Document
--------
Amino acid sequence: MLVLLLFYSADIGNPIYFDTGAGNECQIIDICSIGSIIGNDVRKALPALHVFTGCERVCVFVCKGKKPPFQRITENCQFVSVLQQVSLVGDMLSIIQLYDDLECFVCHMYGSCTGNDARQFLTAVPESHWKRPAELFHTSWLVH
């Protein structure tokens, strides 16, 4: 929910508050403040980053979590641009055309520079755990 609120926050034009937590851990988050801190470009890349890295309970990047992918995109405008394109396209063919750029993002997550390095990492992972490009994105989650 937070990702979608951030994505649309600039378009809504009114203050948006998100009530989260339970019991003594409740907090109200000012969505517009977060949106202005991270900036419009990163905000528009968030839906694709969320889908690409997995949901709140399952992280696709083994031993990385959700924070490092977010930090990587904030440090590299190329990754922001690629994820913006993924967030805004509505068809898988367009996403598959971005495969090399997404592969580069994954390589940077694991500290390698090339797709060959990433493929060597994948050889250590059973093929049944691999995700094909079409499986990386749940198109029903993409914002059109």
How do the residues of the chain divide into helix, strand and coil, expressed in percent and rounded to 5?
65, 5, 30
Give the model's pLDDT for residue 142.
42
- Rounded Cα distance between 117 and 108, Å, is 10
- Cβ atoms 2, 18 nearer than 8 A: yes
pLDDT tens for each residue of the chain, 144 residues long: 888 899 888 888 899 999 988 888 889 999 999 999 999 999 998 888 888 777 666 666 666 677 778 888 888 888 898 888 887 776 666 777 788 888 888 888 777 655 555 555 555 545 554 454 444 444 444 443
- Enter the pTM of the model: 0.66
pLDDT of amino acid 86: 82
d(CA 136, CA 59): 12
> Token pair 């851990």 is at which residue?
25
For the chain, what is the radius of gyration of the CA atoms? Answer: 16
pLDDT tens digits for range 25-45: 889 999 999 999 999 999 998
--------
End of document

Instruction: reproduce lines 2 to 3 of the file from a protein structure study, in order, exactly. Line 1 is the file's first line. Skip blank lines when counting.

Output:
């Protein structure tokens, strides 16, 4: 929910508050403040980053979590641009055309520079755990 609120926050034009937590851990988050801190470009890349890295309970990047992918995109405008394109396209063919750029993002997550390095990492992972490009994105989650 937070990702979608951030994505649309600039378009809504009114203050948006998100009530989260339970019991003594409740907090109200000012969505517009977060949106202005991270900036419009990163905000528009968030839906694709969320889908690409997995949901709140399952992280696709083994031993990385959700924070490092977010930090990587904030440090590299190329990754922001690629994820913006993924967030805004509505068809898988367009996403598959971005495969090399997404592969580069994954390589940077694991500290390698090339797709060959990433493929060597994948050889250590059973093929049944691999995700094909079409499986990386749940198109029903993409914002059109």
How do the residues of the chain divide into helix, strand and coil, expressed in percent and rounded to 5?